These were first described by Boykin et al. in 1954, [6] although Schneiker in 1945 first recognized this variant of ependymoma as a distinct entity. [7],[8] Thereafter approximately 40 more cases have been described in the literature and that too in the last two decades. [3] Review of literature performed by Sarkar C et al. , revealed a mean age of 47.2 years and male predominance. They also found that the majority of tumors were intramedullary and were located in the cervical region. [3] While Bret et al. found in their review of 29 cases that this tumor accounts for approximately <2% of all spinal cord tumors and that the majority were located in the cervico-thoracic region. [2]

Sarkar et al. on reviewing the literature found no difference on imaging studies between ependymomas and subependymomas. [3],[4],[8],[9],[10] They reviewed the imaging findings of forty cases reported in the literature and found that computed tomography (CT) scan reported in eight cases showed spinal cord enlargement in three and cyst in one. Only two patients showed post contrast enhancement. MRI findings were available for 23 of the 40 reported cases and revealed segmental fusiform dilatation of the cord with low T1-weighted and high T2-weighted signal intensities. Contrast studies were available in 18 of these 23 cases. Ten of 18 cases showed enhancement with contrast, either well circumscribed sharply demarcated areas of homogenous signal enhancement or multiple nodular enhancements. [3],[4],[6] To the best of our knowledge imaging appearance similar to ours has not been described.

These tumors are biologically benign with very low proliferation index. [11] They are eccentrically located within the spinal cord, enabling complete tumor removal in most cases. [3] Surgical removal is usually curative and no further adjunct treatment like radiotherapy should be given after gross total tumor removal. Radiotherapy given in patients with partial removal of tumor has shown no evidence of any efficacy. [12]

Prognosis is thus determined largely by surgical factors. No recurrence or CSF seedings have been reported till date. [4]

 » References Top

1.Matsumoto K, Nakagaki H. Intramedullary subependymoma occupying the right half of the thoracic spinal cord: A case report. Neurol Med Chir Tokyo 2002;42:349-53.  Back to cited text no. 1  [PUBMED]  [FULLTEXT]
2.Bret P, Bougeard R, Saint-Pierre G, Guyotat J, Ricci AC, Confavreux C. Intramedullary subependymoma of the cervical spinal cord: Review of the literature a propos of a case. Neruchirurgie 1997;43:158-63.  Back to cited text no. 2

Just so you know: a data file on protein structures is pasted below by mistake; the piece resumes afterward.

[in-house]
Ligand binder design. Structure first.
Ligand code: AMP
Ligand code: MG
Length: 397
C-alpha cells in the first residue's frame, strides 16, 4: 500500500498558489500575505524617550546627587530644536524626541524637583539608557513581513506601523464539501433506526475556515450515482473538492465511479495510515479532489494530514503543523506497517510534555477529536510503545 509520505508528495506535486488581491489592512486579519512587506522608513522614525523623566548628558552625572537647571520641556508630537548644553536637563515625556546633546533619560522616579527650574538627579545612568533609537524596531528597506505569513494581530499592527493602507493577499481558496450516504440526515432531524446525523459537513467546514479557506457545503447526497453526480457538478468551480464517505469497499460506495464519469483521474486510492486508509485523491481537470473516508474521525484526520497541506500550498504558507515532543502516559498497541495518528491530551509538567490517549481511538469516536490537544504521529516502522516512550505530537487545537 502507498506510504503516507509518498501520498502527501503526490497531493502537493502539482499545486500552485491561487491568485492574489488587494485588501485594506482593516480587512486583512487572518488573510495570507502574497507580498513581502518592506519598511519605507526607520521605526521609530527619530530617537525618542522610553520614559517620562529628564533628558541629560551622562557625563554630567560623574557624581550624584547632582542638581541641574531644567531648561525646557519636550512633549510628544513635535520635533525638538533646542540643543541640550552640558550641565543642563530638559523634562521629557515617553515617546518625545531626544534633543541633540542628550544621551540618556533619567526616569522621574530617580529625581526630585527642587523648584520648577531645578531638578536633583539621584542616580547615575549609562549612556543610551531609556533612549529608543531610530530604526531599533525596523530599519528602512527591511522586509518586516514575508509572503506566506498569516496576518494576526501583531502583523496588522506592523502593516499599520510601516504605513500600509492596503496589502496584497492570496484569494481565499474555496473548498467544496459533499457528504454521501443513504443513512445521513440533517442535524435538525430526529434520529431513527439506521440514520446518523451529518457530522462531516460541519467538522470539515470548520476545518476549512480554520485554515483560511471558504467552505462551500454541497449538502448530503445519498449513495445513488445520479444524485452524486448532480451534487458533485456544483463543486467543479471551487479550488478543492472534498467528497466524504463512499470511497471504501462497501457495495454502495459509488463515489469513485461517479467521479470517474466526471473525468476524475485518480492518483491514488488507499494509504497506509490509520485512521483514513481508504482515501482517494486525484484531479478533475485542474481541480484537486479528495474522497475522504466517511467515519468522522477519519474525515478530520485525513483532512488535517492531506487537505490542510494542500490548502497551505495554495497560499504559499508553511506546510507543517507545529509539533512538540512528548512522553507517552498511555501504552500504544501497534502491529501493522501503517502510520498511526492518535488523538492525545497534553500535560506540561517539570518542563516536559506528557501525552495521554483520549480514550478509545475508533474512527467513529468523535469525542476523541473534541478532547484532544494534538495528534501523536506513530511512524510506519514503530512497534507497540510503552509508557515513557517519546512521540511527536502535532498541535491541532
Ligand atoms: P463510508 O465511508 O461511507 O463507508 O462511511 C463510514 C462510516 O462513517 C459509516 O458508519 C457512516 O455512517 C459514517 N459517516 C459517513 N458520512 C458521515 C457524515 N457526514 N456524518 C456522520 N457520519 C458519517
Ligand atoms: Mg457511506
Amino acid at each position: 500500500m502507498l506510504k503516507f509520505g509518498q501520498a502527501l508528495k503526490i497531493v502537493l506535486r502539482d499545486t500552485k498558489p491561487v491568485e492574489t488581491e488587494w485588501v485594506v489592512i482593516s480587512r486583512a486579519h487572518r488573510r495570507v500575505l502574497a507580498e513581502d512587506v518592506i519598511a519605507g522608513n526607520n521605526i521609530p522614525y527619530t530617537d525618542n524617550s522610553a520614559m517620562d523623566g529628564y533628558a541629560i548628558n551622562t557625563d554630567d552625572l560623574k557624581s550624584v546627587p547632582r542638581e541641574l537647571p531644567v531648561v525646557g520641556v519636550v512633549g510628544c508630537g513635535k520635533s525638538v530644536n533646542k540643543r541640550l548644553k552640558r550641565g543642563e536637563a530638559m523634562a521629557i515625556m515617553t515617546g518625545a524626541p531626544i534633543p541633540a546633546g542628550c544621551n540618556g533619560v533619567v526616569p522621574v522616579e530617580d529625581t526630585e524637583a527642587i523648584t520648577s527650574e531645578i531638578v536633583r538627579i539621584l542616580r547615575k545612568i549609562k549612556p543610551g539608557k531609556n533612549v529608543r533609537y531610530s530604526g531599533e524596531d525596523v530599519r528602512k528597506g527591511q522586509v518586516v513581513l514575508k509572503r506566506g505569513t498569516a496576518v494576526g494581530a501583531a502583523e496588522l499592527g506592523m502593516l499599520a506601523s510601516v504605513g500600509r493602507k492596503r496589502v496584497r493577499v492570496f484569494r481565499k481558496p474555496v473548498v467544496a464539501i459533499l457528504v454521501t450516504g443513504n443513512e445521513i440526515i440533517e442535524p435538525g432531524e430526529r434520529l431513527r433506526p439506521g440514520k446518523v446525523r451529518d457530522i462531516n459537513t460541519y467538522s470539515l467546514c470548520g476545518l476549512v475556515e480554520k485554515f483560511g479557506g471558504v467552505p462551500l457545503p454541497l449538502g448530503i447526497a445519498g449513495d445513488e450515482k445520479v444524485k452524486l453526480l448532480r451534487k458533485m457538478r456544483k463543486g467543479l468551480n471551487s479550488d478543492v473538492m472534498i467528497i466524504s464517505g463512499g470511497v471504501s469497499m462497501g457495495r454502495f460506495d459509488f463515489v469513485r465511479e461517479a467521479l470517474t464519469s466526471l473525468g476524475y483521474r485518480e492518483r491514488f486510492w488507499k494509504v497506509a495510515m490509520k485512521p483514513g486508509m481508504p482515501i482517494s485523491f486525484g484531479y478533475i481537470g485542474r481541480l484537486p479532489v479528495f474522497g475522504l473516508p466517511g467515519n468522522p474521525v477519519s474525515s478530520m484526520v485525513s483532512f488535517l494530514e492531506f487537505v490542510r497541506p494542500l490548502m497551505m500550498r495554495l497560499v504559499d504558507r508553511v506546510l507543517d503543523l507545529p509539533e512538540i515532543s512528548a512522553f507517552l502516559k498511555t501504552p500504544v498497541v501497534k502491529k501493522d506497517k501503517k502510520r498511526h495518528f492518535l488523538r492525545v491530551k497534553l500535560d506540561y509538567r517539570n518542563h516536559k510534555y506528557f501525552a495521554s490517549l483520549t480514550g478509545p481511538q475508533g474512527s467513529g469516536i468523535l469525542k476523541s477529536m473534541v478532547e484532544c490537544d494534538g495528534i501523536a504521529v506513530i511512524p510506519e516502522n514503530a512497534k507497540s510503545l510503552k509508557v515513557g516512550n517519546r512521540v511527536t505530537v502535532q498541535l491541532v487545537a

3.Sarkar C, Mukhopadhyay S, Ralte AM, Sharma MC, Gupta A, Gaikwad S, et al. Intramedullary subependymoma of the spinal cord: A case report and review of literature. Clin Neurol Neurosurg 2003;106:63-8.  Back to cited text no. 3  [PUBMED]  [FULLTEXT]
4.Dario A, Fachinetti P, Cerati M, Dorizzi A. Subependymoma of the spinal cord: Case report and review of the literature. J Clin Neurosci 2001;8:48-50.  Back to cited text no. 4  [PUBMED]  [FULLTEXT]
5.Wiestler OD, Schiffer D. Subependymomas. In: Kleihues P, ­Cavenee WK, editors. Pathology and genetics: Tumors of the nervous system. Lyon: IARC Press; p. 80-1.  Back to cited text no. 5    
6.Boykin FC, Cowen D, Iannucci CA, Wolf A. Subependymal glomerate astrocytomas. J Neuropathol Exp Neurol 1954;13:30-49.  Back to cited text no. 6  [PUBMED]  
7.Scheinker JM. Subependymoma: Newly recognized tumour of subependymal derivation. J Neurosurg 1945;49:232-40.  Back to cited text no. 7    
8.Kremer P, Zoubaa S, Schramm P. Intramedullary subependymoma of the lower spinal cord. Br J Neurosurg 2004;18:548-51.  Back to cited text no. 8  [PUBMED]  
9.Pagni CA, Canavero S, Giordana MT, Mascalchi M, Arnetoli G. Spinal intramedullary subependymomas: Case report and review of the literature. Neurosurgery 1992;30:115-7.  Back to cited text no. 9  [PUBMED]  [FULLTEXT]
10.Hoeffel C, Boukobza M, Polivka M, Lot G, Guichard JP, Laffitte F, et al. MR manifestations of subependymomas. AJNR Am J Neuroradiol 1995;16:2121-9.  Back to cited text no. 10    
11.Jallo GI, Zagzag D, Epstein F. Intramedullary subependymoma of the spinal cord. Neurosurgery 1996;38:251-7.  Back to cited text no. 11  [PUBMED]  [FULLTEXT]
12.Taciomi L, Johnston FG, Thomas DG. Subependymoma of the cervical cord. Clin Neurol Neurosurg 1996;98:24-6.  Back to cited text no. 12    


  [Figure - 1], [Figure - 2], [Figure - 3], [Figure - 4]
    Authors' contribution

Yadav RK: Data analysis
Agarwal S: Manuscript preparation
Saini J: Literature search
Sharma NK: Manuscript editing and review